Addiction is a chronic illness characterized by a neurological condition that leads to the continued behavior OR use of a mood or mind altering substance despite negative consequences.
According to the American Society of Addiction Medicine (ASAM),
“Addiction is a primary, chronic disease of brain reward, motivation, memory and related circuitry. Dysfunction in these circuits leads to characteristic biological, psychological, social and spiritual manifestations. This is reflected in an individual pathologically pursuing reward and/or relief by substance use and other behaviors.
Addiction is characterized by inability to consistently abstain, impairment in behavioral control, craving, diminished recognition of significant problems with one’s behaviors and interpersonal relationships, and a dysfunctional emotional response. Like other chronic diseases, addiction often involves cycles of relapse and remission. Without treatment or engagement in recovery activities, addiction is progressive and can result in disability or premature death.” http://www.asam.org/research-treatment/definition-of-addiction
When people have addiction, they do things to get their “fix” even when it goes against their own values. Not only are other people bewildered and disgusted by their behavior, the addict is too. This leads to blame from others and shame for the addict. No one understands why people do what they do or go to the lengths they go to because it is not rational. At first it starts out with feeling good, but it doesn’t stay that way. Soon you can’t rely on your drug or behavior to make you feel good all the time. Sometimes it does, sometimes not so much. Eventually you have to continue just so you don’t feel bad all the time.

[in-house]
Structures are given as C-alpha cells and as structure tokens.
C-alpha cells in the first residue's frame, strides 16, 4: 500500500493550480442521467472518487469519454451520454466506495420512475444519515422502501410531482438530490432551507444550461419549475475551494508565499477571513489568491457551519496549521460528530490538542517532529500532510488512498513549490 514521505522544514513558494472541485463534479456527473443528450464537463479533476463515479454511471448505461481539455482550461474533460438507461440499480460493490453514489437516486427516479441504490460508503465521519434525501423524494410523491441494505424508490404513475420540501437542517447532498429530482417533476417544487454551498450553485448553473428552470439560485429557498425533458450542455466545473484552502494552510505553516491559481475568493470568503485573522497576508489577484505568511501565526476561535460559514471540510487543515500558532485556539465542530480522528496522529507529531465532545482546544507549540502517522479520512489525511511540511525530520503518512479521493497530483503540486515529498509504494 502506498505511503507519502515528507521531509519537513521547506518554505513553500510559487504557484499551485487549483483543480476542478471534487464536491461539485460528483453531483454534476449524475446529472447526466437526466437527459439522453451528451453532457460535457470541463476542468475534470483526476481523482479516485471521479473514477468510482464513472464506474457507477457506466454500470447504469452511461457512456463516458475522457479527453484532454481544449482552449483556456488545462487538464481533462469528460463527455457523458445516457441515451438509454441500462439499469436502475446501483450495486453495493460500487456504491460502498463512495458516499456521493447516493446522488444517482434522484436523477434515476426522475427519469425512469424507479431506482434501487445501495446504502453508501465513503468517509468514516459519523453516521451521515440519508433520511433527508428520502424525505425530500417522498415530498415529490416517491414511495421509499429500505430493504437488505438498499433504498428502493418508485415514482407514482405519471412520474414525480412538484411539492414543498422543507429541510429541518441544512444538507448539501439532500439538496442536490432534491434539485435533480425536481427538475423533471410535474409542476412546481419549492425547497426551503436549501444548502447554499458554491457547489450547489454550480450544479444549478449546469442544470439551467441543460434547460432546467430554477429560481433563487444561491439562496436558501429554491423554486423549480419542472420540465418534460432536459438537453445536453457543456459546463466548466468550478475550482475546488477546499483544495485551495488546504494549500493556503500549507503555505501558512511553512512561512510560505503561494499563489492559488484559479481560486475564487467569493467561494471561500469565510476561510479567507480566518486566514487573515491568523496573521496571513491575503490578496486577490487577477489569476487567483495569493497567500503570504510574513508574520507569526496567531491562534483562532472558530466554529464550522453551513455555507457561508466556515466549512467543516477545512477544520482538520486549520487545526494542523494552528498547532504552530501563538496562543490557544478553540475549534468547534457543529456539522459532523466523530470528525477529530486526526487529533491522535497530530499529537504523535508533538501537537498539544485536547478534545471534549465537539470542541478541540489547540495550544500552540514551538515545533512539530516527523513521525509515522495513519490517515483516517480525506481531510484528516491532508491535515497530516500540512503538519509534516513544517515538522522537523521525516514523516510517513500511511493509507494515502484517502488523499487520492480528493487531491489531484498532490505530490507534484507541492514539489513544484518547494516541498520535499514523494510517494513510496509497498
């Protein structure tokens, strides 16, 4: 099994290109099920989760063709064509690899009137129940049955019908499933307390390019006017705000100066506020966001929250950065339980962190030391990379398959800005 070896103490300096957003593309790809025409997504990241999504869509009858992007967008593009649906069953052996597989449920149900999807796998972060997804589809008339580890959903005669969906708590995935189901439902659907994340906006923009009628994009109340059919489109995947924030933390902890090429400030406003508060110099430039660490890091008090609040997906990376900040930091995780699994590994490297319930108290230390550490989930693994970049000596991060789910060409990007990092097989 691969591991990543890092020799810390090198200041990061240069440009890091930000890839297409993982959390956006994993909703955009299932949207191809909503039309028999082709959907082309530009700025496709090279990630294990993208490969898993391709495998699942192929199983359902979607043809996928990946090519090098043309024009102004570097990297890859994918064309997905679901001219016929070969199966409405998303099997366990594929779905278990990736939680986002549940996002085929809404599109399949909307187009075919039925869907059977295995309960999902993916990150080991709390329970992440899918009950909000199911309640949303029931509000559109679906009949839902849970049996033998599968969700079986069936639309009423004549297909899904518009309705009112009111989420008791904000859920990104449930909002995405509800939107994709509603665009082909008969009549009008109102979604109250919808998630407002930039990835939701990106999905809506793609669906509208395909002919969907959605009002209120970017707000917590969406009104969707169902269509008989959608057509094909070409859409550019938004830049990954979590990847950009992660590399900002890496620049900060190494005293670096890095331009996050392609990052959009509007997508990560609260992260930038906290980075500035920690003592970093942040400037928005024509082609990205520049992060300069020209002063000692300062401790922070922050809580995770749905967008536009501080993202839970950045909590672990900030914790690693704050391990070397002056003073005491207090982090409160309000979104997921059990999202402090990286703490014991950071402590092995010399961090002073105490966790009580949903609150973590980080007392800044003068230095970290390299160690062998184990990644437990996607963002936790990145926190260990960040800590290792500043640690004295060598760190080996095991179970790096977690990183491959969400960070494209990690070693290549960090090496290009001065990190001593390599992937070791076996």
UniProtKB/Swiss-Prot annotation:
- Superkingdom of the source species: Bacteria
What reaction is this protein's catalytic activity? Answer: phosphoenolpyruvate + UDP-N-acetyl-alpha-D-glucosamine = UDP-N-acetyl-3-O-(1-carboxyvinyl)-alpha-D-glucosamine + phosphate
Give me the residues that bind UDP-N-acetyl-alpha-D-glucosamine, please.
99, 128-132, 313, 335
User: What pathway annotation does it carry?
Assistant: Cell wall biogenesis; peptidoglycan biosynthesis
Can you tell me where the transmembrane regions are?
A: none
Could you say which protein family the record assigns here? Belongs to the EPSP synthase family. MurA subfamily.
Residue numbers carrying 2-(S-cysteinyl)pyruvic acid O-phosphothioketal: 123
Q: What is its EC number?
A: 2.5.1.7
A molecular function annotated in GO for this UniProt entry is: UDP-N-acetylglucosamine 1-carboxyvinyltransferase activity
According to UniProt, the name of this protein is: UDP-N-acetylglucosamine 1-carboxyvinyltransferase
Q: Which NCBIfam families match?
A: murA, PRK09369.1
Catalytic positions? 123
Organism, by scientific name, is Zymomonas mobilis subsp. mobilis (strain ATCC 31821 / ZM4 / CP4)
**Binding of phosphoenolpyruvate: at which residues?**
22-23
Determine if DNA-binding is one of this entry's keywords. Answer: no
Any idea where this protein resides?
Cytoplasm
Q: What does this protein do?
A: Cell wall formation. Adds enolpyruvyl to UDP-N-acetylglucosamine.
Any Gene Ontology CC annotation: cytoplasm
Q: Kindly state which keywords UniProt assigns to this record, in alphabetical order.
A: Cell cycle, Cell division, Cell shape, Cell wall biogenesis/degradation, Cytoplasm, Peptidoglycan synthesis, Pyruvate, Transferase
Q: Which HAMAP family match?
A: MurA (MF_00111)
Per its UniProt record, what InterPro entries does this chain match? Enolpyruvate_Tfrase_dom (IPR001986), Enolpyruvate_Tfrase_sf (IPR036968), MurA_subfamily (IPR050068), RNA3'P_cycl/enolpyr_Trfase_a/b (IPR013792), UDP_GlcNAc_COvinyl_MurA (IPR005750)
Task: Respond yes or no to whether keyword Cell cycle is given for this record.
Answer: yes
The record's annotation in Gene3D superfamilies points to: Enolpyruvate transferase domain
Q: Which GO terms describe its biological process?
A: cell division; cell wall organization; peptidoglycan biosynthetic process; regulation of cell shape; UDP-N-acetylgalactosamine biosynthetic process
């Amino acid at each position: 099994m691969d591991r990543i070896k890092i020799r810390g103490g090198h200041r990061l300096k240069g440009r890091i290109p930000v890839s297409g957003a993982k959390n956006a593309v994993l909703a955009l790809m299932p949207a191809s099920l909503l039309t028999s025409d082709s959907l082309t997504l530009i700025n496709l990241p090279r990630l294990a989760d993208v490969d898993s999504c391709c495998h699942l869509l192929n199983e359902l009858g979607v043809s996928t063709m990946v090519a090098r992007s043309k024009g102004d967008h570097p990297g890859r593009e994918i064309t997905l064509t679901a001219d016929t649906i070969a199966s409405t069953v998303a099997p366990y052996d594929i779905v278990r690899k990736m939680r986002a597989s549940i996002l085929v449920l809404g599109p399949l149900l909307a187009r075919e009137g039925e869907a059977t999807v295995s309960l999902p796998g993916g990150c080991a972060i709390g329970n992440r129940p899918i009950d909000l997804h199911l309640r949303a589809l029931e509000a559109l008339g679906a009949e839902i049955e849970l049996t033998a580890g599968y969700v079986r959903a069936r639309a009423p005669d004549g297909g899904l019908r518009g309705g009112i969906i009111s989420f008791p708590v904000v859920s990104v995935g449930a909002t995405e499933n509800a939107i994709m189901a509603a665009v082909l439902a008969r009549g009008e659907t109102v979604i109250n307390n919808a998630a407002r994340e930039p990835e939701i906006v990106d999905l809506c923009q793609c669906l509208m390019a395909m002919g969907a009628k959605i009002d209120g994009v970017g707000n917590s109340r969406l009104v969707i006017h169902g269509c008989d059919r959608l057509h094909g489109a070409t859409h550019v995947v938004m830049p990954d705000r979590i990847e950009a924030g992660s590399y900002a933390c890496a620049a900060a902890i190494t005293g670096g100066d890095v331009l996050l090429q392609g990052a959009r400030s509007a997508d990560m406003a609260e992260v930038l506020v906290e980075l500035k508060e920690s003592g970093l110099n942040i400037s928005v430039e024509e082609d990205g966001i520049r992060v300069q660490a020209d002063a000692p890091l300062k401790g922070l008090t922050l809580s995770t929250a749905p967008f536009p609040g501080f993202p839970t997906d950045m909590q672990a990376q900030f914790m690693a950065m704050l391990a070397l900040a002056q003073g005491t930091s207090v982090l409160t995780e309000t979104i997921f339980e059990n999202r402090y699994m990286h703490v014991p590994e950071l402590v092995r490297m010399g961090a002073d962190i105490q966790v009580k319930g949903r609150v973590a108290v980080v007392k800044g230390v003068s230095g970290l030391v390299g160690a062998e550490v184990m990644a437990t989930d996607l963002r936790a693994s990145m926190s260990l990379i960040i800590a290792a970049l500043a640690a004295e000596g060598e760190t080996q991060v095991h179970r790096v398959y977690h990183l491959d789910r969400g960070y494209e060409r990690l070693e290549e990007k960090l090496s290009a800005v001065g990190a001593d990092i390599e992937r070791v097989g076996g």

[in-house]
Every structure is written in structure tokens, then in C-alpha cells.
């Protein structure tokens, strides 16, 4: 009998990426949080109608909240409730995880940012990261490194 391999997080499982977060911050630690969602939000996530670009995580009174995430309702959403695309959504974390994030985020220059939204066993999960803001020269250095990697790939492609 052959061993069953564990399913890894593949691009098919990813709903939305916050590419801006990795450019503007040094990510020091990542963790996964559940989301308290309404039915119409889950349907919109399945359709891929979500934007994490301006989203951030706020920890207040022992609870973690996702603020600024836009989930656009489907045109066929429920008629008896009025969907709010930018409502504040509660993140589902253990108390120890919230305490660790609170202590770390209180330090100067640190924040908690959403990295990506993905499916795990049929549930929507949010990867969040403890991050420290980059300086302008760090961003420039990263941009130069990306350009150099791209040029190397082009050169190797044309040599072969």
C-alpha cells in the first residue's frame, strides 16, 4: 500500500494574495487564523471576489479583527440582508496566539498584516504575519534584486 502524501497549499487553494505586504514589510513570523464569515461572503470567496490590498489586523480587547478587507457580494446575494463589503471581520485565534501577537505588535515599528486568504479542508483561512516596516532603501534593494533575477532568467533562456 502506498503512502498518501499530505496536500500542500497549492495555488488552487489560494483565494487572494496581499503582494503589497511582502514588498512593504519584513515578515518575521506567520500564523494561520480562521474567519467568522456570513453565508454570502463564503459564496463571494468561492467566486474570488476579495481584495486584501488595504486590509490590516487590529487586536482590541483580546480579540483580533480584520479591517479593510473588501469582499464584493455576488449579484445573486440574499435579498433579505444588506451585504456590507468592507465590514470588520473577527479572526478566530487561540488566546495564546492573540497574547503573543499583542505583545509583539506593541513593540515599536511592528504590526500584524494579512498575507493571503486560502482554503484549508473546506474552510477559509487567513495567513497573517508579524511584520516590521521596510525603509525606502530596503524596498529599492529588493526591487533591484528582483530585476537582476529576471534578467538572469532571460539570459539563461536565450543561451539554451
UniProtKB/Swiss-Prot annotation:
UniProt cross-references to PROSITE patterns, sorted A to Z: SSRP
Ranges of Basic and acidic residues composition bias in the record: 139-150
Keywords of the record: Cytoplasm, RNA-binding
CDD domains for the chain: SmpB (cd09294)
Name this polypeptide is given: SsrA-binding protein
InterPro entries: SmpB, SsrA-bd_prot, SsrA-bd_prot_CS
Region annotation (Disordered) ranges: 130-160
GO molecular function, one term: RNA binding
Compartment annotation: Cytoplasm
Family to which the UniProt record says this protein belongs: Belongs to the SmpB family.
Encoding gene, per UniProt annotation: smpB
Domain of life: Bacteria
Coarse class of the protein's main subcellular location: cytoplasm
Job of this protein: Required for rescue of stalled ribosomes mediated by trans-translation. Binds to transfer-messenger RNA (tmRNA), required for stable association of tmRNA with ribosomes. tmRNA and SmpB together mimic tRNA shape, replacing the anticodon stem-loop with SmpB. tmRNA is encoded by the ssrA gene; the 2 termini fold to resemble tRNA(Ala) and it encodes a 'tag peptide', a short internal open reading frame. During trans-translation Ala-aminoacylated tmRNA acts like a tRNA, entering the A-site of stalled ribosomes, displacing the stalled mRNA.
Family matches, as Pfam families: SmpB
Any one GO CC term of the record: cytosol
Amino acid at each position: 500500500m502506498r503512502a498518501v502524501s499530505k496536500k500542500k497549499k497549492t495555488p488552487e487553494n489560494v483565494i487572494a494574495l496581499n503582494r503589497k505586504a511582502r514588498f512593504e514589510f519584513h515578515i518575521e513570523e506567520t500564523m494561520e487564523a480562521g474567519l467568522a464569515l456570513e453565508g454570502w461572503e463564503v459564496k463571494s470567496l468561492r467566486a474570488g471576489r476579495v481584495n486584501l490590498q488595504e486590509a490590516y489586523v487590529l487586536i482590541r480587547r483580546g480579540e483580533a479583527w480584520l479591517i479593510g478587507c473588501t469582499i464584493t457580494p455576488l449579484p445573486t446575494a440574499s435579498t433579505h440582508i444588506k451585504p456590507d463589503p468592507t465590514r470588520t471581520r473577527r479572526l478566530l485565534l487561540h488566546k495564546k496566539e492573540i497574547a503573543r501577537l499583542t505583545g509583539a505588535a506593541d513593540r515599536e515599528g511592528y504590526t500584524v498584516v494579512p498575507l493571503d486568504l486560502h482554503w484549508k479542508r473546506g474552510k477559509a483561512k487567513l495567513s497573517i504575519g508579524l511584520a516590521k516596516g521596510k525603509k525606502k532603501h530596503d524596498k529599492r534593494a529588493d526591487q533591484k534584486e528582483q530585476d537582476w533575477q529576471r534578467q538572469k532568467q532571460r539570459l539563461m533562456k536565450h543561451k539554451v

Addicts are obsessed. As Narcotics Anonymous puts it: Our whole life and thinking was centered in drugs in one form or another—the getting and using and finding ways and means to get more. We lived to use and used to live. Very simply, an addict is a man or woman whose life is controlled by drugs. (White Booklet, Narcotics Anonymous)
I believe that all addictive behavior is due to chemicals in one way or another. With substances like alcohol, marijuana, methamphetamine, or heroin the person is putting the mind & mood altering substance into their body so that it alters their brain chemistry. With behavior like gambling, sex, or shopping, the brain chemistry changes on its own. The use of substances can create a physiological dependence, where people go through withdrawal if they stop. With some substances, like alcohol or anti-anxiety medication, the withdrawal can be deadly. For others it is simply miserable.
There is hope.
There is recovery.